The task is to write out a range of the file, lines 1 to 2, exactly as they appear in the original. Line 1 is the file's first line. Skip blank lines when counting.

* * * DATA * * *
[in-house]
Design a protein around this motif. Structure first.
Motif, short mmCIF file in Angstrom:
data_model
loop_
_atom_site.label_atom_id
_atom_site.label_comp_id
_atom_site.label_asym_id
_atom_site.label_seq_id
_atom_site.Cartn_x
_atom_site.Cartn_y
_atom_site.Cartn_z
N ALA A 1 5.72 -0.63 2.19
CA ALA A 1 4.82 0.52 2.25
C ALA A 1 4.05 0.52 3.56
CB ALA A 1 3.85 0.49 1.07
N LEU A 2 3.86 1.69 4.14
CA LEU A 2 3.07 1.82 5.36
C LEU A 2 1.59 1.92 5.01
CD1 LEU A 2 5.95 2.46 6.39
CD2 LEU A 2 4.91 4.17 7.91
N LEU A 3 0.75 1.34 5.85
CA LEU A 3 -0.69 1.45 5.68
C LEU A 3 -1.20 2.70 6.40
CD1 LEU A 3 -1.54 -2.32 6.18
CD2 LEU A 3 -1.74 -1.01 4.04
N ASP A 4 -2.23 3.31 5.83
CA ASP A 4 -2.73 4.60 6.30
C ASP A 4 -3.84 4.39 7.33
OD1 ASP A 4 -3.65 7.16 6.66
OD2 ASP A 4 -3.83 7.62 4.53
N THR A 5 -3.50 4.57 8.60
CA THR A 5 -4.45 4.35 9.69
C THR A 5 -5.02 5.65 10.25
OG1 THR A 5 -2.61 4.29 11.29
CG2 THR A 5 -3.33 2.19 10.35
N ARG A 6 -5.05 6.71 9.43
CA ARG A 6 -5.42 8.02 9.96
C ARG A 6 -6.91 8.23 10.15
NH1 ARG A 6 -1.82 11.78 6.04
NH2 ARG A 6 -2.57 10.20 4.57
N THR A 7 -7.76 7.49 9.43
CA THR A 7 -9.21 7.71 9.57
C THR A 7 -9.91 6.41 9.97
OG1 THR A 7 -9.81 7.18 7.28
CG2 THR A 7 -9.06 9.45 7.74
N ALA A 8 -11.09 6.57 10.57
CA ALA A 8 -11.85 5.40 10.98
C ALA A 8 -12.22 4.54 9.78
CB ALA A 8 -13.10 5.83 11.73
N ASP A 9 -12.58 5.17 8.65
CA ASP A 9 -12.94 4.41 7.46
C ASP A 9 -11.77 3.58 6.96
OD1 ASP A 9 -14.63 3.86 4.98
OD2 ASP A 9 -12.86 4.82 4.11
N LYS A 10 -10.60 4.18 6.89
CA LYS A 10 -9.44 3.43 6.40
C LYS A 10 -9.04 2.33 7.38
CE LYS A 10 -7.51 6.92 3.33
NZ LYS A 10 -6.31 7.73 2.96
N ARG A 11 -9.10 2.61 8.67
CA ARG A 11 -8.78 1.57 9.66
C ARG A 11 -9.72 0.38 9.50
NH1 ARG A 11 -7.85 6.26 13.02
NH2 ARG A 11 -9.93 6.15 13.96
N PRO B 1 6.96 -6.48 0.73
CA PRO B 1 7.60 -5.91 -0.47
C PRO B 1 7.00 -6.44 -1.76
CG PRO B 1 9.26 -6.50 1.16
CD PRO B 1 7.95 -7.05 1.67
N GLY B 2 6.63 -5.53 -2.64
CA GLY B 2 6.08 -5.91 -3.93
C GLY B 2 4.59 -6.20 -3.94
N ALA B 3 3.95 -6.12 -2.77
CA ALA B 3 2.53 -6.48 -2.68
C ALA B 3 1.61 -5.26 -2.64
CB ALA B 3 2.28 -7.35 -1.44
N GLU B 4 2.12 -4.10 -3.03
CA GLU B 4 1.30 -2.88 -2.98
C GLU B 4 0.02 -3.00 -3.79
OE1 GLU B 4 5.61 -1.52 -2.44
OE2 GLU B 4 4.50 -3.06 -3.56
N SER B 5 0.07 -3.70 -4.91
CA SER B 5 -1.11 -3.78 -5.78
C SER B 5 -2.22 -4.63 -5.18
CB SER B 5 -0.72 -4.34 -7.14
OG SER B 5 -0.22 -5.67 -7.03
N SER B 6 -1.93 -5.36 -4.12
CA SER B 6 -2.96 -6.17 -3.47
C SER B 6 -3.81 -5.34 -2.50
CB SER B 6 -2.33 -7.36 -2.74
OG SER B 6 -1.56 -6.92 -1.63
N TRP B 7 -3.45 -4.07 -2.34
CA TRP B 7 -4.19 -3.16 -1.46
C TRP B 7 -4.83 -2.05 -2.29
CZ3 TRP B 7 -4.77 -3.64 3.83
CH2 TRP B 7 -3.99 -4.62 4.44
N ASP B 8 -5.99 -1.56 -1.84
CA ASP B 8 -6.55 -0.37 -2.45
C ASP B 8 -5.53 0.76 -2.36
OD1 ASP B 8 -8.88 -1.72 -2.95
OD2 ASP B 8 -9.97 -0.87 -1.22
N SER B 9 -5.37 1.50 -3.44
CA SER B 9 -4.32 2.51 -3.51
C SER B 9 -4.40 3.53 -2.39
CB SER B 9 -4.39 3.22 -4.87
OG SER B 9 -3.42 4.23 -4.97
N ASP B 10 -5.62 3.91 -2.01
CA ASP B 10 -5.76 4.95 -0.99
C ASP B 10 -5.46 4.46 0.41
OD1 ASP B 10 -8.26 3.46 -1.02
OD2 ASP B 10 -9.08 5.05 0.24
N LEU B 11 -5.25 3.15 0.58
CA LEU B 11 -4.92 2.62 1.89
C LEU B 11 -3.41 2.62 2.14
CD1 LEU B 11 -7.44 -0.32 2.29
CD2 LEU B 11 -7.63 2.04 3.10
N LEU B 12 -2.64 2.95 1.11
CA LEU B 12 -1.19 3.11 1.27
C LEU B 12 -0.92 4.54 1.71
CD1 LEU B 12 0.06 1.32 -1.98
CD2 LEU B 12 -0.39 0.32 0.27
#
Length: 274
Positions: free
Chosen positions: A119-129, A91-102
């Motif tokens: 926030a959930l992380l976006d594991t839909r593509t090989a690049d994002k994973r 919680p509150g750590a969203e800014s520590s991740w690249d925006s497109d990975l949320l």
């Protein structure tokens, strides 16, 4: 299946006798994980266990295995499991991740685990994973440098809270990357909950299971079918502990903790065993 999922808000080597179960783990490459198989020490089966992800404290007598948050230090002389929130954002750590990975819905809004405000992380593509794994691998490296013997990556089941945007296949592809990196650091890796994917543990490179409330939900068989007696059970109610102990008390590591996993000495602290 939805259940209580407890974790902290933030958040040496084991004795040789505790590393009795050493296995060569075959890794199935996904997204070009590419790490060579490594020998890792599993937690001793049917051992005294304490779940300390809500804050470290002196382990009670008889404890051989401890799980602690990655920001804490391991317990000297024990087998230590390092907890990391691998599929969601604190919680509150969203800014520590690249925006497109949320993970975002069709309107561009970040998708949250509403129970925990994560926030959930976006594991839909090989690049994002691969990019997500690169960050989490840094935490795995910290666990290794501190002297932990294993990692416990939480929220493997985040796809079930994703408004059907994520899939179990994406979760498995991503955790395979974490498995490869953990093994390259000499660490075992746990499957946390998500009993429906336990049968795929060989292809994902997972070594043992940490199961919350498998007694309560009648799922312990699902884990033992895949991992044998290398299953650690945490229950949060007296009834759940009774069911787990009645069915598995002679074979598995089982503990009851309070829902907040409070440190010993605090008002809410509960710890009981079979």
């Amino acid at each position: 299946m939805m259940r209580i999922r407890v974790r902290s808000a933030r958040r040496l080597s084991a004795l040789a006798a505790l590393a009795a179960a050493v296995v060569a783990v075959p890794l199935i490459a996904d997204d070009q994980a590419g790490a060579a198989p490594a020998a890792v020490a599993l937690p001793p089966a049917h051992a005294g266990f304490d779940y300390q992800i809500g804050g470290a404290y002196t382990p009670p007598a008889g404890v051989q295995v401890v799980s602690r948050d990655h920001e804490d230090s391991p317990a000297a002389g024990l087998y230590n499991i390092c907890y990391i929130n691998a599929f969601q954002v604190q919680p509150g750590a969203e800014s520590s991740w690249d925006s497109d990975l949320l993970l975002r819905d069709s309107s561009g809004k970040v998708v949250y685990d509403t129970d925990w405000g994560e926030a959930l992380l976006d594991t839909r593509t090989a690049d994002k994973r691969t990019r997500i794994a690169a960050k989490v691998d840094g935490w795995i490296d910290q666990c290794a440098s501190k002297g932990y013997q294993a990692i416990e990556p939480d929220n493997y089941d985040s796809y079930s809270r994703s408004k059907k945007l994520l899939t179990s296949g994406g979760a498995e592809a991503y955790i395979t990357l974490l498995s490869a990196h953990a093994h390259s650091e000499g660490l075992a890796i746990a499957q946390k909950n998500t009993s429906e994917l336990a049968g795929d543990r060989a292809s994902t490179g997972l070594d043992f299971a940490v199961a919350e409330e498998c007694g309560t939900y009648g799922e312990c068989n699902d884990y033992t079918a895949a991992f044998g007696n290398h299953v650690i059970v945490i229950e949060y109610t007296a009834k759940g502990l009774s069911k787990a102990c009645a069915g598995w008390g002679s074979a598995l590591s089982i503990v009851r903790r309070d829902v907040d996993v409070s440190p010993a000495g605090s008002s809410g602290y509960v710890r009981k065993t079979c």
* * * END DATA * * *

[in-house]
Design a protein around this motif. Structure first.